thoughts on life, death, everything, and the universe

There are, in popular conception, two ways of thinking about death. The hard science way, or the religious way.

(The third option, the shamanistic or witchy way or whatever you want to call it, doesn't usually get included in the discussion. The scientific types laugh at it even harder than they do at religion, and the religious types often feel it's the work of the pointy-footed one himself and a gross violation of spiritual law. My feeling is that the whole nature of spiritual laws is that they can't be violated--that you can be exceedingly rude or cruel, but you can't cheat the interface. However, it's a "discipline" where the professionals are likeliest of all to be quacks, and the people who may actually have something tend to let their personality issues get in the way of good data. Since in any case it's something nobody can do for anybody else--at least, not without being very rude--I won't address it further at the moment.)

The religious way can of course differ wildly depending on your religion of origin or choice. If you're Buddhist, for example, I'd imagine the difference wouldn't be that large, because half the idea is to hop off the wheel of reincarnation into a blissful, desireless state in which individual self-awareness is subsumed in a more universal awareness. When I was a teen the topic was one of great intellectual fascination for me, since I believed (still do; it's a hard habit to kick) in a spiritual side to the world but at the time didn't know any dead people. I wouldn't say my interest in the differing geographies of various afterlifes led me to be interested in one over the other back in the day, though. The three people I know well who've died all did so after I arrived at some version of my current belief system, and I have striven to integrate my reaction to those events into said system as it continues to evolve.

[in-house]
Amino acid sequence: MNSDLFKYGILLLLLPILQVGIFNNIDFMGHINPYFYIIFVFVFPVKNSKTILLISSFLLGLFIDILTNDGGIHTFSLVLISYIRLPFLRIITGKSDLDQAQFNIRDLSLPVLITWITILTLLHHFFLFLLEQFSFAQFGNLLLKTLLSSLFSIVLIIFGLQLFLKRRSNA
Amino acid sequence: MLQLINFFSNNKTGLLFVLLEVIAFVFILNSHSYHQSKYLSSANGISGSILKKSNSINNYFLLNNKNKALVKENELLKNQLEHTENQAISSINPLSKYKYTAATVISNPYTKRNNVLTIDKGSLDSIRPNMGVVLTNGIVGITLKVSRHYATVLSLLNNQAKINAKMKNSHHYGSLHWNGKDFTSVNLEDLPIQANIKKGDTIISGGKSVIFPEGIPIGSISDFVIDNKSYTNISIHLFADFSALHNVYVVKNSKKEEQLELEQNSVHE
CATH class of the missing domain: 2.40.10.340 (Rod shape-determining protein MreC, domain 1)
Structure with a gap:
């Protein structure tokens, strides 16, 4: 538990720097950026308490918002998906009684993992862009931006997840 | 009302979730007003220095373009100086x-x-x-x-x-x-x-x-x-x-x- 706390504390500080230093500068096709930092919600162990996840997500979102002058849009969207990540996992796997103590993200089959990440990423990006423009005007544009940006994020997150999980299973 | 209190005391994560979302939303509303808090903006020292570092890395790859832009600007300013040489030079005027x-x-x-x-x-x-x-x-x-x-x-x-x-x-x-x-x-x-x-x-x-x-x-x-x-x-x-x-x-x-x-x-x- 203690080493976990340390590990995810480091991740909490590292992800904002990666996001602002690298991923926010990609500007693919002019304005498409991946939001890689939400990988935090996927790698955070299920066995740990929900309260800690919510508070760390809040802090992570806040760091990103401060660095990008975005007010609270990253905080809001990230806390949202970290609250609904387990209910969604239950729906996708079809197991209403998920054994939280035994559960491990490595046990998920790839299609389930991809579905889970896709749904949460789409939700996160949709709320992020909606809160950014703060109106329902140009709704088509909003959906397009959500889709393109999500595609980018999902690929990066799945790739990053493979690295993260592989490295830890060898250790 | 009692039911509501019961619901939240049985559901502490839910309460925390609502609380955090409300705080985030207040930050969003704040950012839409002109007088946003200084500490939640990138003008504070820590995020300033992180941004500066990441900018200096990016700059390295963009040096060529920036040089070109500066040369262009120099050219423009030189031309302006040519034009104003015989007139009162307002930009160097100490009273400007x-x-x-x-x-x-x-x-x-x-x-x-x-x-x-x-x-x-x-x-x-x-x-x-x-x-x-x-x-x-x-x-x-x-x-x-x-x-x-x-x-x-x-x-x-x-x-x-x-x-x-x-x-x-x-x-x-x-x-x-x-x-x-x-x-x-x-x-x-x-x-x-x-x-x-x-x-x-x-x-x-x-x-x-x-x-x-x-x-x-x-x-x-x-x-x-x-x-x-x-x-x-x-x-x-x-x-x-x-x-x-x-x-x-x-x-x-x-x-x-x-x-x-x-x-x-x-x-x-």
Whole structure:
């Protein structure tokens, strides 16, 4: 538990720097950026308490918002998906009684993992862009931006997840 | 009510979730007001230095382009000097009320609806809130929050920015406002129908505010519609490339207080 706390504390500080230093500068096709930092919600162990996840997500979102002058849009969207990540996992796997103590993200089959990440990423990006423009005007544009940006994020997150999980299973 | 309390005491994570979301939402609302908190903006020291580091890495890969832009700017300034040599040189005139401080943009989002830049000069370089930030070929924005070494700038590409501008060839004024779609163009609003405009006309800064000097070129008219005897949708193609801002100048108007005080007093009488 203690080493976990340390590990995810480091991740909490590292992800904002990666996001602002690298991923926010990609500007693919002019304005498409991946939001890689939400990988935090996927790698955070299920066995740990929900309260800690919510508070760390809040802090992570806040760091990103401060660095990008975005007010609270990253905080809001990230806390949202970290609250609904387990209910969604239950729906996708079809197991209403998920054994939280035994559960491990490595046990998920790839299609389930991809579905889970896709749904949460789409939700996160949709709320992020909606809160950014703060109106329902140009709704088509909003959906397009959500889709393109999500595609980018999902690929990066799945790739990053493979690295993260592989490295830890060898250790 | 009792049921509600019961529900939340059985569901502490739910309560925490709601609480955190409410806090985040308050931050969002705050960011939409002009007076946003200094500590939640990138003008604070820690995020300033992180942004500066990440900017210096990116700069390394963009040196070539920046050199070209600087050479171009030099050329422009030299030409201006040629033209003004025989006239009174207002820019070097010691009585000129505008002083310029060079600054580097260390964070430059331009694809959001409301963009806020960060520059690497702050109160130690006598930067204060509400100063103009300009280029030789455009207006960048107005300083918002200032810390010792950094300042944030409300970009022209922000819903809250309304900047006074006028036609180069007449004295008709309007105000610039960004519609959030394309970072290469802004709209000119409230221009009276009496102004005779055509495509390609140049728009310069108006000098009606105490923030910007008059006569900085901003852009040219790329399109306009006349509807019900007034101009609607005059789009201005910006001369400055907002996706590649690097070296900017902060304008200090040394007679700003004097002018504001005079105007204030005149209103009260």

Maybe for people weighing the vectors of conversion in the heat of bereavement it's a different story. There is a kind of gnawing, burning need to have the question settled in one's mind. My view is that from a technical standpoint, a personality construction standpoint, the question I'm asking myself is not "What is my father doing now that his body is dead?" but rather "How has this event changed my relationship with my father, and what am I supposed to do with the personality resources which I previously invested in the ongoing maintenance of that relationship?" And whatever your system, when you lose somebody you care about you find yourself leaning on it in wholly different ways. You find out if the shape of your faith will hold up under the strain. Many people find the shape of their beliefs won't hold up under the strain, and they rediscover their religion from a new angle. Or they seek out or construct a new one, in order to get back to themselves after losing somebody.